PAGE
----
Yakubovich repeats two points frequently: First, that Israel puts security first. He mentions a 2004 attack on an Israeli port after two suicide bombers hid in a commercial container to leave the West Bank. Second, that COGAT is working to support the Palestinian Authority. Yakubovich says Israel can't find takers to fill all of the permits allowed for Palestinians to work in Israel.
Given logistical obstacles, high unemployment and no clear light at the end of the political tunnel, the International Monetary Fund is predicting that growth in Palestinian areas will drop by half over the next three years. The head of the IMF office here, Udo Kock, says another major problem is that the Palestinian Authority depends on international donors for a quarter of its budget. Recently, those contributions have been inconsistent, which means the Palestinian Authority can't pay its bills.
"There are three main elements that are needed to get the private sector going," Kock says. "One is a relaxation of restrictions — broad-based, all sectors. This is very important. Second is for donors to continue to provide assistance, and to do it in a predictable way. And there is a responsibility on the Palestinian side, of course. The PA has to start working on reforms."
Businessman Rami El-Zogheir says all he needs are assurances that the political situation will at least stay the same, if not improve. His company makes high-end shoes by hand, and business has been booming; during the past three years of relative calm here, Golf & Horse Footwear has tripled the number of pairs it makes.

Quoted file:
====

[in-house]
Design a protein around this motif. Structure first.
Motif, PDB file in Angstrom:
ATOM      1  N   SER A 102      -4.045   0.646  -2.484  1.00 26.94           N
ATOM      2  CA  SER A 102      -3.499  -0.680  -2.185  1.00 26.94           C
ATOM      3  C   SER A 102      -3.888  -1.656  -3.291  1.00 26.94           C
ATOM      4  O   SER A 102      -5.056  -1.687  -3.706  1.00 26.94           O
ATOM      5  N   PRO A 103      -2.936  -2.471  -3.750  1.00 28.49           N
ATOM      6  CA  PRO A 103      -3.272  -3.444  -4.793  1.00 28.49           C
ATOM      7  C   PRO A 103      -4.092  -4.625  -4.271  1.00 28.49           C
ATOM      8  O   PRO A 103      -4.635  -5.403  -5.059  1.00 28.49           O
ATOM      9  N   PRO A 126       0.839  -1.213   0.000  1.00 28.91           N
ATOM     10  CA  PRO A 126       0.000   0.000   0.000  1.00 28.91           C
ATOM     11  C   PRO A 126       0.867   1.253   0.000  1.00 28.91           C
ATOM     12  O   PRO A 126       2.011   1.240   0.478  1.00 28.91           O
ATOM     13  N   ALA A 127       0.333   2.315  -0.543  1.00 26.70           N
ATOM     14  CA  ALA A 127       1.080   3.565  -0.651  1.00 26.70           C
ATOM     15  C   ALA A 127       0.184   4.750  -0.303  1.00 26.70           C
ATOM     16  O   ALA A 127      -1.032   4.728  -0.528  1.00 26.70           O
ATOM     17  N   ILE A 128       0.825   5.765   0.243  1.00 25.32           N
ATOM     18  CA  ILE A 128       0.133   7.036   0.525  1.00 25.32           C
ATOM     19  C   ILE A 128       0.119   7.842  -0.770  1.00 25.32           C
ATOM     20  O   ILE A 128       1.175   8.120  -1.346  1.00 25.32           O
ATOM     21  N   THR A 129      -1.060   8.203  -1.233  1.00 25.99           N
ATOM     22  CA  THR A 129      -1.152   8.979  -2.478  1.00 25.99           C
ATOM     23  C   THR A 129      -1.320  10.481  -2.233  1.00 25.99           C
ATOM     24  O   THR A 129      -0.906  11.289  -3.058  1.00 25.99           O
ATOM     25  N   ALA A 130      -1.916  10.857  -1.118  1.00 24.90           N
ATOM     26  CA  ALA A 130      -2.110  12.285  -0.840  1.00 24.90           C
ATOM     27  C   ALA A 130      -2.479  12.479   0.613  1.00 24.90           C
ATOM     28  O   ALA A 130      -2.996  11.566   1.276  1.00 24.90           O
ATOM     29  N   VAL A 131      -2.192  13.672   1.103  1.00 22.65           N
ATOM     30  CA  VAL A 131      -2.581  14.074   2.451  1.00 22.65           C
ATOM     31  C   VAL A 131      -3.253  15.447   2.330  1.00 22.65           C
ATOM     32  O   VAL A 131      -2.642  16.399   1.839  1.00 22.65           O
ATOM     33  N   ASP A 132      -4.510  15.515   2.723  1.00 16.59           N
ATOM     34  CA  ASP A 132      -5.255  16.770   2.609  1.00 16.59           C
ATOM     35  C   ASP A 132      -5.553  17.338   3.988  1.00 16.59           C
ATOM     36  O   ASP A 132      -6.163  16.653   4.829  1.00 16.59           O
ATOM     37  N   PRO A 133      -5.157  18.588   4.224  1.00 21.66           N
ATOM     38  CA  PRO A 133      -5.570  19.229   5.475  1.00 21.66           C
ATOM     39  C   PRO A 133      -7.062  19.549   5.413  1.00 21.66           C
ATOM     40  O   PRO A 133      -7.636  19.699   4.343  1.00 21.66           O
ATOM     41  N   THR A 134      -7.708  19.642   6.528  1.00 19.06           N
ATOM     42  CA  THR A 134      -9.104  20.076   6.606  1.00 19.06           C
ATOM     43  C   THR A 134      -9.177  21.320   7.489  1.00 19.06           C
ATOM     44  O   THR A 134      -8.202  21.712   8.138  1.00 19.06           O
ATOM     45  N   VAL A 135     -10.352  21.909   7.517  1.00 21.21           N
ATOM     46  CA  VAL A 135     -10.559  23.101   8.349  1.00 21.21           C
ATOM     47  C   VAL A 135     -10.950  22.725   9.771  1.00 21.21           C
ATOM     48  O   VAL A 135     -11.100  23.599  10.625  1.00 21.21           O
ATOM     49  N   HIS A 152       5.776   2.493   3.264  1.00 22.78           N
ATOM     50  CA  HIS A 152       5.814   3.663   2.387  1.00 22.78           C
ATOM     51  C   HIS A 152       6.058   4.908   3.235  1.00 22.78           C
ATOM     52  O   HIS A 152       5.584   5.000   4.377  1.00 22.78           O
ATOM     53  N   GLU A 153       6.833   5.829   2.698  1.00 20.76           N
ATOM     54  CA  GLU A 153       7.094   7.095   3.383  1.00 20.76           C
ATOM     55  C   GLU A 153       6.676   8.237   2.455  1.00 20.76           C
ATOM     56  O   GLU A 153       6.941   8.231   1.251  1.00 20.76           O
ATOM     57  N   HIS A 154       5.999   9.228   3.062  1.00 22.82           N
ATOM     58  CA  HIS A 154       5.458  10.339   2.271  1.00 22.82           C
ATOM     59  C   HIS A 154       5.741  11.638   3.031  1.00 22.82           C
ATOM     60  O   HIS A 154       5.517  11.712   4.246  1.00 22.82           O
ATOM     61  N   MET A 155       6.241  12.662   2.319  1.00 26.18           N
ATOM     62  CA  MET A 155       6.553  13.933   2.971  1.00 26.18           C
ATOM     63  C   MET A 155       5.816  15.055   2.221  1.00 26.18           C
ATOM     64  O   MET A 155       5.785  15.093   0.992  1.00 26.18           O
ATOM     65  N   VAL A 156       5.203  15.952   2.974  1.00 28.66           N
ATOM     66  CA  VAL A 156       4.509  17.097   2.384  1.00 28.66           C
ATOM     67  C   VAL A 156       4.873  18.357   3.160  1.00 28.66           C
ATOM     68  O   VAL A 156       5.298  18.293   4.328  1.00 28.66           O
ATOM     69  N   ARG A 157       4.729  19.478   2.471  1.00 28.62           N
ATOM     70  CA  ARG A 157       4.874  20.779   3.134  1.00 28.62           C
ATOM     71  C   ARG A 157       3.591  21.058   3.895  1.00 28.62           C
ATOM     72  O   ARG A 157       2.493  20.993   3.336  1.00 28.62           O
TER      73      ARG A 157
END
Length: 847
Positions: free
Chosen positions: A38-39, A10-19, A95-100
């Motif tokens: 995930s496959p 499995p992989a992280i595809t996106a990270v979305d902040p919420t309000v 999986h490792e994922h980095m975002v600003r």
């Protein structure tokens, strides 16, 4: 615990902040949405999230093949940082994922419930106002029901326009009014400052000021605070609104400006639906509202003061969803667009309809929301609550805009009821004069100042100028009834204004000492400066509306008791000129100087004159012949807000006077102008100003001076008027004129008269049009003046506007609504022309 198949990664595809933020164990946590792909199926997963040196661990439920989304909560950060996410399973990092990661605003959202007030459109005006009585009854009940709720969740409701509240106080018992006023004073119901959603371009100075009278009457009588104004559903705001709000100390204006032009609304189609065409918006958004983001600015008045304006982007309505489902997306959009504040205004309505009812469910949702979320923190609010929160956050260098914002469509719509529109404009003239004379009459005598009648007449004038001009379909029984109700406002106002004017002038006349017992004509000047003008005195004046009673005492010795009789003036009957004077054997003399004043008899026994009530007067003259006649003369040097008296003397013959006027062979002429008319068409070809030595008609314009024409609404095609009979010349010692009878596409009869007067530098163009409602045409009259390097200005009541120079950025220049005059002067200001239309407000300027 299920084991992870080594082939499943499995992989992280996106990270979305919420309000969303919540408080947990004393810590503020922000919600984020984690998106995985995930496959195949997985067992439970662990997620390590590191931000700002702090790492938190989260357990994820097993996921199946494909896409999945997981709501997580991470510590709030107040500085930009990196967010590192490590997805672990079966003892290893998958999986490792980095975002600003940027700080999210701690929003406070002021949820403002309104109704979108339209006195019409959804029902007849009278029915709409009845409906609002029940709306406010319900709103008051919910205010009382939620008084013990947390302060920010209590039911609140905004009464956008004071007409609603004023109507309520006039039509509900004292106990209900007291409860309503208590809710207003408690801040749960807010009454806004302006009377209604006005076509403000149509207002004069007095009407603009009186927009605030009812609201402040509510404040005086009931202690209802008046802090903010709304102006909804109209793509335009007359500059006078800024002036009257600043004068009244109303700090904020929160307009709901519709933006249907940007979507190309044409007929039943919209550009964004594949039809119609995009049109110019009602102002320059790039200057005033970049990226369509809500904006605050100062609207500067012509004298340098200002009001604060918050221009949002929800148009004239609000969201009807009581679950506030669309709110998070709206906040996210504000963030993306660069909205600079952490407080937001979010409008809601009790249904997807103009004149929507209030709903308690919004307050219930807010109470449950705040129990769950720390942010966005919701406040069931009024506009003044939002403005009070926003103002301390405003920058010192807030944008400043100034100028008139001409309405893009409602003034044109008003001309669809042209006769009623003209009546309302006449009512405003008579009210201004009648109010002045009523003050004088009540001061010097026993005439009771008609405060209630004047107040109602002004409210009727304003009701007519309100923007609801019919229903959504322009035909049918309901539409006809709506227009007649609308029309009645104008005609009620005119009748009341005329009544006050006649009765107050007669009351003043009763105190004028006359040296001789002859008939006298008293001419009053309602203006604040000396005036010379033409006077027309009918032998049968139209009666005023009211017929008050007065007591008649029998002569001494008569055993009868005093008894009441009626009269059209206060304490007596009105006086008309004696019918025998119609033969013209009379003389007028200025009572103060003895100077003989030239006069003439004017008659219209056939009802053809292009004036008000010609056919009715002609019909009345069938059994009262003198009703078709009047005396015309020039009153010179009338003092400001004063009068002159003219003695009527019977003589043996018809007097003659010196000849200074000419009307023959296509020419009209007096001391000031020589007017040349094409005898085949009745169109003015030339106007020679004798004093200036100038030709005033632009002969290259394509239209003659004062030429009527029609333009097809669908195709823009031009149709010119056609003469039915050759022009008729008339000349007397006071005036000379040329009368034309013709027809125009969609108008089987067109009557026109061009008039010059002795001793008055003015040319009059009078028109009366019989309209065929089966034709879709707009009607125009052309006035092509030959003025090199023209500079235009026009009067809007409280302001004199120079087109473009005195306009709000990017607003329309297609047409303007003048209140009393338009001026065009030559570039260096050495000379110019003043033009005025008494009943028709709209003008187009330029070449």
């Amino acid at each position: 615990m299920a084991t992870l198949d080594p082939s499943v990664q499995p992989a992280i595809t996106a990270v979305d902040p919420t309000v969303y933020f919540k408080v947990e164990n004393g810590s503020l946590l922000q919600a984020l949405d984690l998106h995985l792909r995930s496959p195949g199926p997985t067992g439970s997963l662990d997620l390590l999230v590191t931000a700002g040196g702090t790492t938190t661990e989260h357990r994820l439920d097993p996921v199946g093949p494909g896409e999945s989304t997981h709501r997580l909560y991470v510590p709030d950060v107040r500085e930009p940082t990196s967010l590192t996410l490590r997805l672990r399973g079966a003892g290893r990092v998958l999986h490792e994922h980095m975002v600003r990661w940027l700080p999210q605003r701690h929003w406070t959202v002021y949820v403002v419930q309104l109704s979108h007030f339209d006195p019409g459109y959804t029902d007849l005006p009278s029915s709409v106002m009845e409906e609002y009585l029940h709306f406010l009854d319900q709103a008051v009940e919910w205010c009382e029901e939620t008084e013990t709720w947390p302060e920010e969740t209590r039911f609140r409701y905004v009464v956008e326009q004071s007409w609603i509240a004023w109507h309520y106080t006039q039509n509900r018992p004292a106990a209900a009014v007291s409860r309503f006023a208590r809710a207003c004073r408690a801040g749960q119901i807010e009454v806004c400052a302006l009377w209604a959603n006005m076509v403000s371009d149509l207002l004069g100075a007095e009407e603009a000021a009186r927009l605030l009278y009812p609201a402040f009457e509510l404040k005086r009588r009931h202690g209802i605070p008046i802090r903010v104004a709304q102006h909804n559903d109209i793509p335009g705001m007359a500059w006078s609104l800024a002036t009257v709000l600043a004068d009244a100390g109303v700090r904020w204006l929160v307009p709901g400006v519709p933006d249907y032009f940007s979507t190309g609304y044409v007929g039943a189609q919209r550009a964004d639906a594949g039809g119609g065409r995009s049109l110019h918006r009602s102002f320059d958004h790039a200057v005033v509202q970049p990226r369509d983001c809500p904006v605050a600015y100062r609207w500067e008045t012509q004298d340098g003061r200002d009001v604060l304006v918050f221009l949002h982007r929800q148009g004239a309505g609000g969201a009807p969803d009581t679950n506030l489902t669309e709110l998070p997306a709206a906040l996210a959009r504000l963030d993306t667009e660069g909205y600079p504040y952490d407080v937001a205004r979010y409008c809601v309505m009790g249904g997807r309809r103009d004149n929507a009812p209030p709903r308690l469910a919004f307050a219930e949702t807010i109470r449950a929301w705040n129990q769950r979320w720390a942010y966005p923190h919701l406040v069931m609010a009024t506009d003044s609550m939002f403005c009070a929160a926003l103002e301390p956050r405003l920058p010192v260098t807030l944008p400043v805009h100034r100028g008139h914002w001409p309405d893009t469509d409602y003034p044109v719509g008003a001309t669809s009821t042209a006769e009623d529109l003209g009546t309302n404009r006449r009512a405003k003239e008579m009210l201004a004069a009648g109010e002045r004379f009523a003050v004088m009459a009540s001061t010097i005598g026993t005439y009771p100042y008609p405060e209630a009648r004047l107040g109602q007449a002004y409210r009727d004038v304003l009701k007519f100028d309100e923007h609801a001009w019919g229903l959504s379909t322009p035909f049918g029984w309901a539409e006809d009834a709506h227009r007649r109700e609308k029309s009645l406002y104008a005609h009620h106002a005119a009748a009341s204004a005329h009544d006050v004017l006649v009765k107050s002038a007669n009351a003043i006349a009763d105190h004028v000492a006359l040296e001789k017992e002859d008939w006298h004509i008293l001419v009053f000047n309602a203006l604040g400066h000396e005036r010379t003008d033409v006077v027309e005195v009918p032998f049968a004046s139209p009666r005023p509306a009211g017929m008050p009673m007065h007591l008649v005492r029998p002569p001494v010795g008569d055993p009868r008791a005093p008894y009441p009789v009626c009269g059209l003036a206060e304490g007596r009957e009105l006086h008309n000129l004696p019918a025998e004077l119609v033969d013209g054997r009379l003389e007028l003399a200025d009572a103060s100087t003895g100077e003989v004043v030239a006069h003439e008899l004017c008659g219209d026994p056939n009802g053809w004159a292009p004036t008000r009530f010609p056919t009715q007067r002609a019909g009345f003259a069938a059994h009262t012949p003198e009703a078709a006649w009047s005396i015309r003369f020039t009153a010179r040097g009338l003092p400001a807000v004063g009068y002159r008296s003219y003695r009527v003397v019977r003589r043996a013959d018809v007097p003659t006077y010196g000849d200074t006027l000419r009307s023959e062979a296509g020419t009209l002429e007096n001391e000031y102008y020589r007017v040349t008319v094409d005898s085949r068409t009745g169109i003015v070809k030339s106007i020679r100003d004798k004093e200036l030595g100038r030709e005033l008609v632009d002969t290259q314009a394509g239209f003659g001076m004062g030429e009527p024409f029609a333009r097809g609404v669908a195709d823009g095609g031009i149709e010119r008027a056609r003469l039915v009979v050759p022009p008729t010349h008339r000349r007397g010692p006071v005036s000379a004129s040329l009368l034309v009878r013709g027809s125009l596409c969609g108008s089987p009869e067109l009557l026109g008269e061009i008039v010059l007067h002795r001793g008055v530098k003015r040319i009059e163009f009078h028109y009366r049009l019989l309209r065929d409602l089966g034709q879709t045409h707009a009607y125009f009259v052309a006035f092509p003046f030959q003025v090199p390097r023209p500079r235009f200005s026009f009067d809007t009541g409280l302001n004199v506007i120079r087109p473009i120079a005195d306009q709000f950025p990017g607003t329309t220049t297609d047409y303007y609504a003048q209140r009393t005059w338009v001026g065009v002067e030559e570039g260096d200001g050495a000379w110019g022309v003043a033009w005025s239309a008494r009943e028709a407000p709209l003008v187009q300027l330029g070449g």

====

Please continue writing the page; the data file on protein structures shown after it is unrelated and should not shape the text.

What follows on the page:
"I would like to invest more money," Zogheir says. "And I have a good chance to expand into other Arab markets. But I can't guarantee the situation here."
LINDA WERTHEIMER, HOST:
Secretary of State John Kerry is back in the Middle East. Tomorrow, he meets separately with Israeli and Palestinian leaders, hoping to reignite long-stalled peace negotiations. When he was in the region last month, Kerry said he's working on plans to attract major investments to the Israeli-occupied West Bank. He hopes that will help political discussions move along. But as NPR's Emily Harris has learned, the West Bank economy is all tied up in politics.
(SOUNDBITE OF CHISELING)
EMILY HARRIS, BYLINE: Under open sheds on the outskirts of a Palestinian village in the West Bank, dozens of men chisel stone slabs by hand. Extracting the white rock known around the world as Jerusalem stone is an important business here. This family company employs 60 people and brings in revenue of around $2 million dollars a year, says owner Ahmed Thwabta. But because his quarry is in a West Bank area where Israel controls industrial permits, business is unpredictable.
AHMED THWABTA: (Through translator) We work according to the Israeli mood. If the political situation is good, then we are OK. If the political situation is bad, then they come and pick on us and fine us.